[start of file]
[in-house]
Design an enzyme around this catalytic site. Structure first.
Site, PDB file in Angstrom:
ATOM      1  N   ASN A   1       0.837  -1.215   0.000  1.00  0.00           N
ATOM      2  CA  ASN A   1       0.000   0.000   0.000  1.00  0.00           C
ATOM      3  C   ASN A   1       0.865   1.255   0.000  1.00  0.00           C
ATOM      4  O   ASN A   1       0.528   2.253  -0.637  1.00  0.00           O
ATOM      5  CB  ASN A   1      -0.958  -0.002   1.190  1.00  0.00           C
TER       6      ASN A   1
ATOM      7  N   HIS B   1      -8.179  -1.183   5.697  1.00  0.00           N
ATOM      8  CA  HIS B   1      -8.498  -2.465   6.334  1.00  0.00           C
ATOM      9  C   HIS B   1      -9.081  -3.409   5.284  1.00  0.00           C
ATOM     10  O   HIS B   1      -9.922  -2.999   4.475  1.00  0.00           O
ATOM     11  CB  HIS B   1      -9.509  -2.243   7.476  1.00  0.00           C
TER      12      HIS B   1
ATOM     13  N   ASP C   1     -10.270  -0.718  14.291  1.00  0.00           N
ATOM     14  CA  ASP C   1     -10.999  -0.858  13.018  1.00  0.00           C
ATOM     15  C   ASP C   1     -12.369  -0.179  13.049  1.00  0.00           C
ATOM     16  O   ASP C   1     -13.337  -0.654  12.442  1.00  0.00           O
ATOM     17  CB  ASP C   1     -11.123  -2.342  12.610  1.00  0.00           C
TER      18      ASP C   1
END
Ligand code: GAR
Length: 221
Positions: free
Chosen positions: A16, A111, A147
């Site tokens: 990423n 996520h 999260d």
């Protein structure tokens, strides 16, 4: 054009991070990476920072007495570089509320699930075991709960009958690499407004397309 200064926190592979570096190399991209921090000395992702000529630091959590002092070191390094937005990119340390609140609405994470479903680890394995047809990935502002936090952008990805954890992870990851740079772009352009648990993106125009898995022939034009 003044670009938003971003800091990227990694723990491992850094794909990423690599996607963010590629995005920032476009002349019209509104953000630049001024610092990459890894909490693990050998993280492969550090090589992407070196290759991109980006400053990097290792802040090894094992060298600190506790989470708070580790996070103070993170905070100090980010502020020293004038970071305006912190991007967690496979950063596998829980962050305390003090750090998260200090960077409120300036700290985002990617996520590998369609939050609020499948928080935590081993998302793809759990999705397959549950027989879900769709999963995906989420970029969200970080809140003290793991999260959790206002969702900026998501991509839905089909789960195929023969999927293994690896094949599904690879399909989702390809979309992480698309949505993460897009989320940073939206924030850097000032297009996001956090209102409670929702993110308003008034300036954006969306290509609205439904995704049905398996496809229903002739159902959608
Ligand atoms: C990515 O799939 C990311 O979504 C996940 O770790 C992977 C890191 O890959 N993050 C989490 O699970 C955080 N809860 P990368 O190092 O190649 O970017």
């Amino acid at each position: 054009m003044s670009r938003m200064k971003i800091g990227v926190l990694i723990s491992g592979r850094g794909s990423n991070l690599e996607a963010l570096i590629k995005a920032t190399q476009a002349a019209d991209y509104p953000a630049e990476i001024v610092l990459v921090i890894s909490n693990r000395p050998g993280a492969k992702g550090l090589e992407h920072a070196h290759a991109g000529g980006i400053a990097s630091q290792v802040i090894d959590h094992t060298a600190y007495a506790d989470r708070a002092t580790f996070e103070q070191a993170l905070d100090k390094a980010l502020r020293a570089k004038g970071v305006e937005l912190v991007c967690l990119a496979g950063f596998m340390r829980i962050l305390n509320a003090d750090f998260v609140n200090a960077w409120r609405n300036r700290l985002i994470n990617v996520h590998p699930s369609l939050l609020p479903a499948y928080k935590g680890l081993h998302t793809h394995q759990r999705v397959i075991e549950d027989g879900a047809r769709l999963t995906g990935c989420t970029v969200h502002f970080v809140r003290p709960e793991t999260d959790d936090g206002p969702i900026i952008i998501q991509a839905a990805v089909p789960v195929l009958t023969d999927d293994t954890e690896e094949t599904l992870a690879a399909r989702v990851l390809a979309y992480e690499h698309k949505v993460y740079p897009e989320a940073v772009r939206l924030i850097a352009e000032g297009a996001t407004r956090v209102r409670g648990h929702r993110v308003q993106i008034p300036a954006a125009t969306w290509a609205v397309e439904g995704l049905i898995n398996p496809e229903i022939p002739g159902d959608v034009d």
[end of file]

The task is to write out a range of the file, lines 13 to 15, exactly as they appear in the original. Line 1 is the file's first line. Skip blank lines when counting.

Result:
ATOM     10  O   HIS B   1      -9.922  -2.999   4.475  1.00  0.00           O
ATOM     11  CB  HIS B   1      -9.509  -2.243   7.476  1.00  0.00           C
TER      12      HIS B   1